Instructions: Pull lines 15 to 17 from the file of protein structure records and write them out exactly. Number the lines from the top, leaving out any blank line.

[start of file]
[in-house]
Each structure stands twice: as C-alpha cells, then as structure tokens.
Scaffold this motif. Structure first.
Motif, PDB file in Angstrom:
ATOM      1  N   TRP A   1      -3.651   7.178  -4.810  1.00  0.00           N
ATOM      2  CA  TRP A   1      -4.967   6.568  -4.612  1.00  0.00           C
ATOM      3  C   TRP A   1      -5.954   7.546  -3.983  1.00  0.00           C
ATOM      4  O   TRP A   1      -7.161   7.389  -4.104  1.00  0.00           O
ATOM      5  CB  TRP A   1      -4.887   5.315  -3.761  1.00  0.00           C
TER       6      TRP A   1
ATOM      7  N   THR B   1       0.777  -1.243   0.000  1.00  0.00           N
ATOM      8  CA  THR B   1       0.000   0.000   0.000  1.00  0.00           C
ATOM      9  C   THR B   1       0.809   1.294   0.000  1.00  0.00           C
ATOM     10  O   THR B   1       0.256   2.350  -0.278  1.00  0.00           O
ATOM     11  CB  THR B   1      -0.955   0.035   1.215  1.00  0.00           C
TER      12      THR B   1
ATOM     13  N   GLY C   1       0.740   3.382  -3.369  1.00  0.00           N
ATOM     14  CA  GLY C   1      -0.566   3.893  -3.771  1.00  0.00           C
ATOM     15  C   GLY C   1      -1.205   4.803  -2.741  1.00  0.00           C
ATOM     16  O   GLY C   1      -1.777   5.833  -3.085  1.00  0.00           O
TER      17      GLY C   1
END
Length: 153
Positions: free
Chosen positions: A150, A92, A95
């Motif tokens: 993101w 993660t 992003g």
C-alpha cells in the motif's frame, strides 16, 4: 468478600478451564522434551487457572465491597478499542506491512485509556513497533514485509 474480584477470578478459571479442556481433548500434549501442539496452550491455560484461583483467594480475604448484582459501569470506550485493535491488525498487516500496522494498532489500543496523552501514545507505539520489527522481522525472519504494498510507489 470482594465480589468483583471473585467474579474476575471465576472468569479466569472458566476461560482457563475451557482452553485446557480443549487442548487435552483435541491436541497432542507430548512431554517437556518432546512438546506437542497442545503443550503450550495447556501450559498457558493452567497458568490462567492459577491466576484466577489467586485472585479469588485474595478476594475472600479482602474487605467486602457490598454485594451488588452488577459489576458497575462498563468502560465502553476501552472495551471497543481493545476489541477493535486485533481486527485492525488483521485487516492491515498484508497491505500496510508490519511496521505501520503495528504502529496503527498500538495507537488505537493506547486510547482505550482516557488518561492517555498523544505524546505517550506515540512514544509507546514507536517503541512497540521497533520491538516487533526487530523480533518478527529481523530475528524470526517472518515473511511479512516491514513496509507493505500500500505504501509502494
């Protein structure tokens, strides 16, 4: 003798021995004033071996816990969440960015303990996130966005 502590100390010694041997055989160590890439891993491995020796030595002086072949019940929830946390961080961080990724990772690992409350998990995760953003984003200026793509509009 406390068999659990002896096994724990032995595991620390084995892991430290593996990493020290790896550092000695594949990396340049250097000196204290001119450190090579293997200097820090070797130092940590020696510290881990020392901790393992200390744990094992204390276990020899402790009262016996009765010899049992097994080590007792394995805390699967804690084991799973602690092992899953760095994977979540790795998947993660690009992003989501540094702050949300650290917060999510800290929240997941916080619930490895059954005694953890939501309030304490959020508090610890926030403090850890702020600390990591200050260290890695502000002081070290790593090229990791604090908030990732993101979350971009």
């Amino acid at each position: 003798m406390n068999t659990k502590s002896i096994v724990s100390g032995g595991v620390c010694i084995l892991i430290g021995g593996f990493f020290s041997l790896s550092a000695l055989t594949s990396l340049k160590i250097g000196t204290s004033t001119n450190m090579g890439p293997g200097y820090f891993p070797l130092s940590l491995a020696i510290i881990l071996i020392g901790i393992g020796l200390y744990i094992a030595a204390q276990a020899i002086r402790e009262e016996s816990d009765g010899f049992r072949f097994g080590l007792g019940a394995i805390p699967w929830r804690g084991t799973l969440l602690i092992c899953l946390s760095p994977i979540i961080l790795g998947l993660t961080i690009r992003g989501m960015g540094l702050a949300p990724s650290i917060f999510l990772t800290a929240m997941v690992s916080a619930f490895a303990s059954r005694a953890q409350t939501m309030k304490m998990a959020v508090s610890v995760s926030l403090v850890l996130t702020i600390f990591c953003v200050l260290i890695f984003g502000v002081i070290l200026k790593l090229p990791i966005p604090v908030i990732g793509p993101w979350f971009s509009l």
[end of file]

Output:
ATOM     11  CB  THR B   1      -0.955   0.035   1.215  1.00  0.00           C
TER      12      THR B   1
ATOM     13  N   GLY C   1       0.740   3.382  -3.369  1.00  0.00           N